In this section of the blog, I discuss topics related to data science, AI, and academia.
Posts on software engineering
Radar visualizations for technological choices have been pioneered by ThoughtWorks. In the meantime, many organizations have created their own tech radars to map out which technologies should be considered for use by members of the organization. The German online fashion retailer Zalando has even made the source code of their tech radar publicly available. Since technological decisions for data science and AI projects are distinct from conventional applications, I decided to adapt Zalando’s tech radar.
AWS (Amazon Web Services) certifications are among the most lucrative certifications in the IT sector. This is due to the growing demand for professionals with cloud expertise, as more and more companies are adopting cloud technology. Furthermore, AWS upholds high quality standards when it comes to certification. So, while certification can be challenging, there is a lot to learn along the way. I only recently had my first exposure to cloud computing when I took on a DevOps role in industry in 2019.
The Cambridge Dictionary defines plagiarism as ‘the process or practice of using another person’s ideas or work and pretending that it is your own’. In the last years, there have been several famous Germans who lost their PhD titles due to plagiarizing their doctoral theses. In Germany, VroniPlag is the largest open community that analyzes scientific work with respect to plagiarism. Most notably, in 2011, Guttenplag (a specific group of plagiarism hunters) published a detailed analysis of the doctoral thesis by Karl-Theodor zu Guttenberg, the German defense minister at that time.
A PhD is not only a test of professional aptitude but also a test of character. Looking back at my time as a PhD student, I can say that it has been a taxing but equally rewarding time that I wouldn’t exchange for anything in the world. Doing a PhD has not only improved my scientific and technical understanding but has also strengthened my character. In this post I describe five characteristics that I found to be helpful in successfully completing my PhD.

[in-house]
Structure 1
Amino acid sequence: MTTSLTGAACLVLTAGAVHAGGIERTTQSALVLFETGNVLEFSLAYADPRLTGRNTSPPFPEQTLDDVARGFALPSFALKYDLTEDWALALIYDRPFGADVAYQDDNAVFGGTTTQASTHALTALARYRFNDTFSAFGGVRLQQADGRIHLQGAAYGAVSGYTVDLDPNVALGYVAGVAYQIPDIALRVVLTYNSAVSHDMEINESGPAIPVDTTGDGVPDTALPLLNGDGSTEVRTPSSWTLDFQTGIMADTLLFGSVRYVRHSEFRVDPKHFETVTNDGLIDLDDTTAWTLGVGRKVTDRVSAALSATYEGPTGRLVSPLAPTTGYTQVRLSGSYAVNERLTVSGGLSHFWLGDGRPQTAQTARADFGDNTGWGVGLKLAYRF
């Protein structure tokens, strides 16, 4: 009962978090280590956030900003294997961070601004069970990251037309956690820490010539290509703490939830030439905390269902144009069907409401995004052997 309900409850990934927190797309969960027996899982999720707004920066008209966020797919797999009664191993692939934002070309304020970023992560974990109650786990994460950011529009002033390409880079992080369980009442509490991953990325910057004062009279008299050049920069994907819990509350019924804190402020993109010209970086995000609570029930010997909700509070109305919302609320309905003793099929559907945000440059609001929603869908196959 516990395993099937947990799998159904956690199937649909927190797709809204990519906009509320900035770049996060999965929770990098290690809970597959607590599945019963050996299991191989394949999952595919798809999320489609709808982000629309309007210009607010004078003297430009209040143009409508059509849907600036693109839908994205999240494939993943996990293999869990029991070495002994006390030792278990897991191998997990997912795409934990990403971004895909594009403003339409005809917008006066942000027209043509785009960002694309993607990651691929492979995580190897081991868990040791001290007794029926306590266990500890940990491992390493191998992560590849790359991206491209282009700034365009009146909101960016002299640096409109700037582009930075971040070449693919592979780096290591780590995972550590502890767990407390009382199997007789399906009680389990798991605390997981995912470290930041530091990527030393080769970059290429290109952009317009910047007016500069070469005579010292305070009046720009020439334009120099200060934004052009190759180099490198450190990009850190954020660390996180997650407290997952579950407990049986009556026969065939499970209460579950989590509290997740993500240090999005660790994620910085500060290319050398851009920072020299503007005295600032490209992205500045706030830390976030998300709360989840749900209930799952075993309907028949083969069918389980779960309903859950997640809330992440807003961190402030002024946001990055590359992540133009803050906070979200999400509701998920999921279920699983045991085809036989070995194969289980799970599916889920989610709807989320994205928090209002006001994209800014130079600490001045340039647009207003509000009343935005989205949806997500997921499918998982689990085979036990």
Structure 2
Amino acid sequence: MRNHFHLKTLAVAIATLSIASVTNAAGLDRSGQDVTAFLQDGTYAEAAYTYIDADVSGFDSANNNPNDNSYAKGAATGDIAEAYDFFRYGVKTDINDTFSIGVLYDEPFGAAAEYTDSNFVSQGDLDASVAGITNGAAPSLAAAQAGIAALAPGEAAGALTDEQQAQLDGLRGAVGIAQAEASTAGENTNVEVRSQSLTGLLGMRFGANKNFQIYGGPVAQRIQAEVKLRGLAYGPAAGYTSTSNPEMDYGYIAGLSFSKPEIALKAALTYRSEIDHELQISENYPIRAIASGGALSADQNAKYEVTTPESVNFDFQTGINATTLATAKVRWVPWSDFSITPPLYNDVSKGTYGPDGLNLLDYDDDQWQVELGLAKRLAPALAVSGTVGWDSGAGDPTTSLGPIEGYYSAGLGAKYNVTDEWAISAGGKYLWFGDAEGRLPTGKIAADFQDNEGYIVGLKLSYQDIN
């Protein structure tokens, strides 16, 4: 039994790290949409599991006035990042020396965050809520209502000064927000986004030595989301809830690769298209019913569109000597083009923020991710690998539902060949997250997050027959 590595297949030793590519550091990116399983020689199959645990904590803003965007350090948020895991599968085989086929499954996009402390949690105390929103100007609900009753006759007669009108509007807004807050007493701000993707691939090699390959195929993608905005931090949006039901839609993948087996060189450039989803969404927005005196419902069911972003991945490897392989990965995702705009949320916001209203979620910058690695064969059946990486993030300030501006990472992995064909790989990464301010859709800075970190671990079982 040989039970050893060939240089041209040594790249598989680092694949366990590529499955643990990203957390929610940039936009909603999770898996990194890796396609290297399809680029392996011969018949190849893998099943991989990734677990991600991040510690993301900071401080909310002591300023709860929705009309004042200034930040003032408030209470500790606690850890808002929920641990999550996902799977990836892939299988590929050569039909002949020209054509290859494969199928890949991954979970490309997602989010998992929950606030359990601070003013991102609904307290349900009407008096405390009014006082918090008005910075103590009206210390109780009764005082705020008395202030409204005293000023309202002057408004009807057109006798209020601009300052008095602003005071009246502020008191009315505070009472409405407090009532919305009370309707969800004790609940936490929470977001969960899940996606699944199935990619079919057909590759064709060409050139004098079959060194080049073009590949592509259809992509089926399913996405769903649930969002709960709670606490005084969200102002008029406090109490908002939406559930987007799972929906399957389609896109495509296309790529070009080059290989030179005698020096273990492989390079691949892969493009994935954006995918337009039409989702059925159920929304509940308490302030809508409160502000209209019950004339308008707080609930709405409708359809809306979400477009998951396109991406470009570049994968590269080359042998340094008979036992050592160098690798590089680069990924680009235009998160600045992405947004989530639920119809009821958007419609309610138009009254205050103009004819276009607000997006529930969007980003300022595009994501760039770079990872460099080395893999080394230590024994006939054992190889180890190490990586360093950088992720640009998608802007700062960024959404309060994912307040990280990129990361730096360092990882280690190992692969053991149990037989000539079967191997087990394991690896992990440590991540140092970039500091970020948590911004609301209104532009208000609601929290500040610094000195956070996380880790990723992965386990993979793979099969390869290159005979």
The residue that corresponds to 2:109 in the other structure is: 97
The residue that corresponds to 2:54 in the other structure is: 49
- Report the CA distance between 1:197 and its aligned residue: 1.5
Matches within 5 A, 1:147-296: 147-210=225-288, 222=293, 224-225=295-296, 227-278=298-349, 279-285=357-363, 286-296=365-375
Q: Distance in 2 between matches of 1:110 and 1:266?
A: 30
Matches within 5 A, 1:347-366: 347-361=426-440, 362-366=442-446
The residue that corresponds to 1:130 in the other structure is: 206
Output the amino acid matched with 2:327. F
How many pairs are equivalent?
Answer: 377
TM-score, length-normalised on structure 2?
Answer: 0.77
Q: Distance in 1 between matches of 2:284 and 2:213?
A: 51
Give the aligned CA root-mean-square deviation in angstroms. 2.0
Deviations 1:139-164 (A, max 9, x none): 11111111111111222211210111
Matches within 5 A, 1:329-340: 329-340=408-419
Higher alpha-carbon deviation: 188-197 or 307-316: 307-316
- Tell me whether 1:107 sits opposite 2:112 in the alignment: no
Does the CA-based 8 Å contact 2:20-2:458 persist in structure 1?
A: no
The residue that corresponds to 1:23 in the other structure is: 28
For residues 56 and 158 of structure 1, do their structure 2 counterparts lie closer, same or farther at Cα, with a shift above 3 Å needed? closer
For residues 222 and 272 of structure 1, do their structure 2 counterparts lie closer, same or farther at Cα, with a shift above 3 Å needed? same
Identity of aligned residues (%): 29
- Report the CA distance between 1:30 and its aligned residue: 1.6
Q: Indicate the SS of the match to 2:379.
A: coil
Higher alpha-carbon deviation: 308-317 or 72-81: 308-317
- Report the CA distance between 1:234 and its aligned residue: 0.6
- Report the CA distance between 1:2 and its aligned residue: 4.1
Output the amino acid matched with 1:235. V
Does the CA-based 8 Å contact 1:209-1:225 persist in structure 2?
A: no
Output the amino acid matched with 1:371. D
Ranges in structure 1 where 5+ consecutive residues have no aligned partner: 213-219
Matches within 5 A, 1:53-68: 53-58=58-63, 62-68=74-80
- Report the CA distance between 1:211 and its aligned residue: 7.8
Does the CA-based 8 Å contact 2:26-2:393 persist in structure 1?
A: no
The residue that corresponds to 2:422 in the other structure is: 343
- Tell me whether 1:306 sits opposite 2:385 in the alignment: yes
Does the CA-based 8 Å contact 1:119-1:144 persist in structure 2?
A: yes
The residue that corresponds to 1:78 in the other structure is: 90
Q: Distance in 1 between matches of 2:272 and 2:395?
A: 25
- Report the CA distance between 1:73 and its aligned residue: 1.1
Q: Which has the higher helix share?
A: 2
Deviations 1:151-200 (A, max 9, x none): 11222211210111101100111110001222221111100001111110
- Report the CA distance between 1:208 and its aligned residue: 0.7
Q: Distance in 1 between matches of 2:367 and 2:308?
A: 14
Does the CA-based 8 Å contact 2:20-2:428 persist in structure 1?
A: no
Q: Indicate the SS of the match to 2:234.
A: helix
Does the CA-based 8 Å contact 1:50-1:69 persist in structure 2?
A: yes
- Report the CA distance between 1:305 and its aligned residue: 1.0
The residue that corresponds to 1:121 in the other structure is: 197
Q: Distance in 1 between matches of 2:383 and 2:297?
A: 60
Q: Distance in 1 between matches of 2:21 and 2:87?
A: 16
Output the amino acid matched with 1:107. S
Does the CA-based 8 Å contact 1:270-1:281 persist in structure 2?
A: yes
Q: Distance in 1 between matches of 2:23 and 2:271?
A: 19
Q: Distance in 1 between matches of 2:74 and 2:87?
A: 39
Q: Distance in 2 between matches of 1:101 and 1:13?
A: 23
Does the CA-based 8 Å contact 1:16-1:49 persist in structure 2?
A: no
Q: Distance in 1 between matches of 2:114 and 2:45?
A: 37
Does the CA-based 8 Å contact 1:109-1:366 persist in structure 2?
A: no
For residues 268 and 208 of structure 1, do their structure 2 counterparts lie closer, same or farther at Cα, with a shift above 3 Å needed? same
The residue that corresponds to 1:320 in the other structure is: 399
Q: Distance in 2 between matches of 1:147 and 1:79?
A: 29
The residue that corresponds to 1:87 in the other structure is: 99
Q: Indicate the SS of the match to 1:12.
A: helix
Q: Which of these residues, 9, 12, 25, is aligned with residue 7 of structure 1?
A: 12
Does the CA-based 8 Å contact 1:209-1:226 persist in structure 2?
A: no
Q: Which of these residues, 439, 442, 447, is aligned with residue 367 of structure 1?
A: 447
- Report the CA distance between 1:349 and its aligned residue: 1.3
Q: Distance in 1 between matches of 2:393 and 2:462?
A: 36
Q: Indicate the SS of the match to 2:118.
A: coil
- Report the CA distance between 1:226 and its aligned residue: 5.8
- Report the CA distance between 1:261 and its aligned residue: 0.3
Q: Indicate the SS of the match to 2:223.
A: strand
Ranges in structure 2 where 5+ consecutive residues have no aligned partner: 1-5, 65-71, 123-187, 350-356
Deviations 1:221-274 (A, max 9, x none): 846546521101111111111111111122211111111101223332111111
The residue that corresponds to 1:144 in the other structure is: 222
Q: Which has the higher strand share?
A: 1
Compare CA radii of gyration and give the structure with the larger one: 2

Having recently transitioned from academia to industry, I’d like to share what I found are the greatest differences between working in industry and academia. Since this article is based on my personal experiences, I would first like introduce my respective roles in research and in industry. After that, I will summarize the main differences between industry and academia. Finally, I offer some pieces of advice regarding how to prepare for an industry job when transitioning from academia.
Having obtained both a Bachelor’s and a Master’s degree in bioinformatics, I would like to describe how I experienced studying bioinformatics. Moreover, I would like to discuss whether it was worth studying in the first place, and, finally, to offer some advice to prospective students and graduates. What is Bioinformatics? Bioinformatics is an interdisciplinary field that is concerned with developing and applying methods from computer science on biological problems.
During my time as a PhD student I have developed software in the academic setting. At that time I was already under the impression that my work would probably not meet industry standards. Having recently transitioned to an industry job, I quickly realized how coding in academia is different from coding in industry. This post summarizes the main differences between the two fields and extrapolates what coders in academia can learn from industry.
The terms inference and prediction both describe tasks where we learn from data in a supervised manner in order to find a model that describes the relationship between the independent variables and the outcome. Inference and prediction, however, diverge when it comes to the use of the resulting model: Inference: Use the model to learn about the data generation process. Prediction: Use the model to predict the outcomes for new data points.